Before I close, I want to say at least a little about the different policy options. But there are a lot of different options, and a lot of details to each. So bear in mind that what follows is only a sketch.
Universal basic income involves something like an unconditional grant of income to every citizen. So, on most proposals, everybody gets a check each month. “Unconditional” here means mostly that the check is not conditional on one’s wealth or poverty or willingness to work. But some proposals, like Charles Murray’s, would go only to adult citizens. And almost all proposals are given only to citizens. Most proposals specify that income earned on top of the grant is subject to taxation at progressive rates, but the grant itself is not.
A Negative Income Tax involves issuing a credit to those who fall below the threshold of tax liability, based on how far below the threshold they fall. So the amount of money one receives (the “negative income tax”) decreases as ones earnings push one up to the threshold of tax liability, until it reaches zero, and then as one earns more money one begins to pay the government money (the “positive income tax”).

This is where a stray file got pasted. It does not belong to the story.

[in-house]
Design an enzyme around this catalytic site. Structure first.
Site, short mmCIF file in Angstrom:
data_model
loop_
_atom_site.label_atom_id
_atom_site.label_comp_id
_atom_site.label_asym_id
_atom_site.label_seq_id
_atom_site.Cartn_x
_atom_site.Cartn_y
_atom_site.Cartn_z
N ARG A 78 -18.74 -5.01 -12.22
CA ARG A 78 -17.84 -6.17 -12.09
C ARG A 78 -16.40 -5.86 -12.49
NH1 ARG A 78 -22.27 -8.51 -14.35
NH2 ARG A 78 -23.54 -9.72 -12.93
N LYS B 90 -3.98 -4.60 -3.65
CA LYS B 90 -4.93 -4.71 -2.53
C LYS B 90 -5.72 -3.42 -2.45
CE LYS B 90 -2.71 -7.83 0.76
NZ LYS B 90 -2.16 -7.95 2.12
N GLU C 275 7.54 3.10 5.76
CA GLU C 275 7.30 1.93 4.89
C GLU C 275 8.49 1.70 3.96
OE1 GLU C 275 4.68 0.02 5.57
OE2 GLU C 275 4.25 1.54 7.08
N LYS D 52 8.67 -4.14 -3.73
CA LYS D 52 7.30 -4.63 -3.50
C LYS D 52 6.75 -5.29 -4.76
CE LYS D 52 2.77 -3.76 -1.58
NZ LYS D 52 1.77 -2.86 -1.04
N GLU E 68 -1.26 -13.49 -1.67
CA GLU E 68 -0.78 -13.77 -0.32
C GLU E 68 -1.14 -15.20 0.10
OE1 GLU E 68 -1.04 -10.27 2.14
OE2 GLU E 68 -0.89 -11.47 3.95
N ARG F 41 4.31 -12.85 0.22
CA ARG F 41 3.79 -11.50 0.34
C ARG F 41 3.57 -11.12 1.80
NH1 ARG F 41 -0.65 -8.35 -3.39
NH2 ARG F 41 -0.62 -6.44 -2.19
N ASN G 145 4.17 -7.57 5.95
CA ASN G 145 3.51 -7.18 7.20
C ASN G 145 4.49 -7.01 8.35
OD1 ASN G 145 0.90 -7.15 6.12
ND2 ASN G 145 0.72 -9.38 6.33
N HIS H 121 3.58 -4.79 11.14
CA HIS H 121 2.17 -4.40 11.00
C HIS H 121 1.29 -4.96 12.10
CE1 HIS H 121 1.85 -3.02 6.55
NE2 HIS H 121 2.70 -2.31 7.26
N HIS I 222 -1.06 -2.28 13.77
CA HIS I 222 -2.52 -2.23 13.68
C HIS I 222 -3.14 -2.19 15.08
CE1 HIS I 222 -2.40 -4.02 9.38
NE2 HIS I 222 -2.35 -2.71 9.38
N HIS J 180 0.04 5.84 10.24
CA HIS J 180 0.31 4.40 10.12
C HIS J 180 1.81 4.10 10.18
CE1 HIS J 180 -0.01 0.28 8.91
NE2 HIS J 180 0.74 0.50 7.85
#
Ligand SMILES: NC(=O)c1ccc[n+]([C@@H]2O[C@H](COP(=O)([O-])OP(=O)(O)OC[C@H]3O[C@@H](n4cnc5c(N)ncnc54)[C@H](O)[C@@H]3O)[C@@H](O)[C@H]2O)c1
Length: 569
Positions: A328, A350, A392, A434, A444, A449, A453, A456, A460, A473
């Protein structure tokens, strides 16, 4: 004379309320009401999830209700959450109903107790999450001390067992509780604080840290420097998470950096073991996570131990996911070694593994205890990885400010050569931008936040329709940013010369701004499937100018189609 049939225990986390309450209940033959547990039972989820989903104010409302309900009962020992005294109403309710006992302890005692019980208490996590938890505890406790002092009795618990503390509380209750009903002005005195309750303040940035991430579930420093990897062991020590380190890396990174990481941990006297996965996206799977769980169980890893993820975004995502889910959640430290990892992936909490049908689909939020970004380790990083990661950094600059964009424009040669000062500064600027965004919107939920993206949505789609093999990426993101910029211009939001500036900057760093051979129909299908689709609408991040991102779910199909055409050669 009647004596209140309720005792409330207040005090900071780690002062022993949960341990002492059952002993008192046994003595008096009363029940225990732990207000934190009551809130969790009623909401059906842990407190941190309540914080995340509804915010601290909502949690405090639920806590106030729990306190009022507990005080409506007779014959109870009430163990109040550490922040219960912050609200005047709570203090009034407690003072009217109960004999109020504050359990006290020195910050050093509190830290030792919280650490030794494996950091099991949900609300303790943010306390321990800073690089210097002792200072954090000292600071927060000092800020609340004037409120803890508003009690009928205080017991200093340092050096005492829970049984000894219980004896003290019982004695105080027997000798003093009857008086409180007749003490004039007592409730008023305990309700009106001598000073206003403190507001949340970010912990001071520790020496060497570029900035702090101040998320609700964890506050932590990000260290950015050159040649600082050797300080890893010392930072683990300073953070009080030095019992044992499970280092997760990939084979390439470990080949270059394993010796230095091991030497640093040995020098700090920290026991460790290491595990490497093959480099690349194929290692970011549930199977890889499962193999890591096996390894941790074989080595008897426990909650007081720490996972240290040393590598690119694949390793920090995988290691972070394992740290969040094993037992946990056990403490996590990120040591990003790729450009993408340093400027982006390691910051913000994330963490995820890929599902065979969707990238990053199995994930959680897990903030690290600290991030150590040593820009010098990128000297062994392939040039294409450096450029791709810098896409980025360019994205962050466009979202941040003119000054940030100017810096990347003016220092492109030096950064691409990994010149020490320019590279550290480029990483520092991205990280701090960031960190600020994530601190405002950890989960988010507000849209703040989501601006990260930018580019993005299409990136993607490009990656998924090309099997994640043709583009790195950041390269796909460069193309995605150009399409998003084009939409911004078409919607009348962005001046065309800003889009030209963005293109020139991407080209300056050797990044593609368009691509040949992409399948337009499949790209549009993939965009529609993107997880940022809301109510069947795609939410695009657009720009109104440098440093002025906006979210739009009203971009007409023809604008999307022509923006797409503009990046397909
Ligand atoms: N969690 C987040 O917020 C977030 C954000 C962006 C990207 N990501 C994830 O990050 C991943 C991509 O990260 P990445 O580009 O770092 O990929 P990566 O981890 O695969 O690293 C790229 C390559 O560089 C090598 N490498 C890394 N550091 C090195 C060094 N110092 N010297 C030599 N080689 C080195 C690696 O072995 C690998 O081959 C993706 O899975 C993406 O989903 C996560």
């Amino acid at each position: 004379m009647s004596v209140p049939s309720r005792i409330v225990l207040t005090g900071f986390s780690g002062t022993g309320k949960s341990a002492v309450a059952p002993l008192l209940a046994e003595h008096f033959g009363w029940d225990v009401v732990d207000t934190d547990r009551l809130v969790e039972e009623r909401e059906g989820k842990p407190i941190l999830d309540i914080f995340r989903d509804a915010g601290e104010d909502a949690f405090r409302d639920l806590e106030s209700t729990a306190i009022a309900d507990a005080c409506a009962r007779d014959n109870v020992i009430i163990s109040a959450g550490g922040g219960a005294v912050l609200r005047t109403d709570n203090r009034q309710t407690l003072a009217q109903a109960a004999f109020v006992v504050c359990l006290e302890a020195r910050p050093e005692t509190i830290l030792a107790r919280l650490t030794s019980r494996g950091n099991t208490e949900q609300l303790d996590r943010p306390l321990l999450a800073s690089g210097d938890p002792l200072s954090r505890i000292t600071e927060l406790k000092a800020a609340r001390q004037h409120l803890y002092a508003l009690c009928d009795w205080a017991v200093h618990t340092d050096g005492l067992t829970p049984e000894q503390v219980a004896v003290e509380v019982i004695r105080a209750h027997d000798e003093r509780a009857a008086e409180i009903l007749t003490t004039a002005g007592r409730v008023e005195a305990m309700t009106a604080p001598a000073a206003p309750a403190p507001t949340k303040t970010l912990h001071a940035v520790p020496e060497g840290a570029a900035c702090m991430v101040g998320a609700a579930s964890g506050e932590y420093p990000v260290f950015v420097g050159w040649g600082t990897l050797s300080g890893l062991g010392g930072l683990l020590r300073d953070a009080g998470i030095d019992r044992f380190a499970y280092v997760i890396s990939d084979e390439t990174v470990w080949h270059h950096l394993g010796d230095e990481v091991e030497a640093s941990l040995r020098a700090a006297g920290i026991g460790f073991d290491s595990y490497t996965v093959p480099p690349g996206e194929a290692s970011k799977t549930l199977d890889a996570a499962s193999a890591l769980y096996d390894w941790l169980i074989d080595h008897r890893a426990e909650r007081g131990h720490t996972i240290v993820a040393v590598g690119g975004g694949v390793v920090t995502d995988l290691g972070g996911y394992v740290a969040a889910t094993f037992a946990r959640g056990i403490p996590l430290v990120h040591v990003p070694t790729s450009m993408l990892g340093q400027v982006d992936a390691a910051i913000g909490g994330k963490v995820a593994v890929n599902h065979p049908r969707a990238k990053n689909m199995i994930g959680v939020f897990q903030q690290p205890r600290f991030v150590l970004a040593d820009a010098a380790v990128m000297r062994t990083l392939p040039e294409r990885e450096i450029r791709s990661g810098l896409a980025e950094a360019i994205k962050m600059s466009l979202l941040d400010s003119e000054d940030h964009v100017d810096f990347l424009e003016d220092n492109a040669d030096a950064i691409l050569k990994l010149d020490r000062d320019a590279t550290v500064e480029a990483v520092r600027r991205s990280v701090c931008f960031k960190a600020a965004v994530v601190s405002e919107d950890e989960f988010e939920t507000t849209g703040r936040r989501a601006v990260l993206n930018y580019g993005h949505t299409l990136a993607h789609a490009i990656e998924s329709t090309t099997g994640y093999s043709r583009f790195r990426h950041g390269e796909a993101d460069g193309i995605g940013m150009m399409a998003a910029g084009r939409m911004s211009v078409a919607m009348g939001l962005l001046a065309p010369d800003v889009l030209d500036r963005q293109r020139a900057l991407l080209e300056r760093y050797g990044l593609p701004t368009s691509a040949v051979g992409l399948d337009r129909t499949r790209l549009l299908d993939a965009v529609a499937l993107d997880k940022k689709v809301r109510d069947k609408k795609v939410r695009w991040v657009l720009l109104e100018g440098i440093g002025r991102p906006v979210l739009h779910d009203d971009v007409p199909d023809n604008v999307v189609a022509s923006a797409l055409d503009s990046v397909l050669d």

The Earned Income Tax Credit is the policy we actually have in place currently in the United States. It was inspired by Friedman’s Negative Income Tax proposal, but falls short in that it applies only to persons who are actually working.
The US Basic Income Guarantee Network has a nice and significantly more detailed overview of some of the different policies. You can watch Milton Friedman explain his Negative Income Tax proposal with characteristic clarity to William F. Buckley here. And for an extended and carefully thought out defense of one particular Universal basic income proposal from a libertarian perspective, I highly recommend Charles Murray’s short book, In Our Hands: A Plan to Replace the Welfare State.
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That’s it for this episode of Liberty Revealed. .If you like what you’ve heard, please rate us 5 stars on Apple Podcasts and Google Play. If you’d like to learn more about personal liberty, grab your free copy of my book “Liberty Revealed” by heading over to http://yogispodcastnetwork.com/libertyrevealed. Until next time…stay free!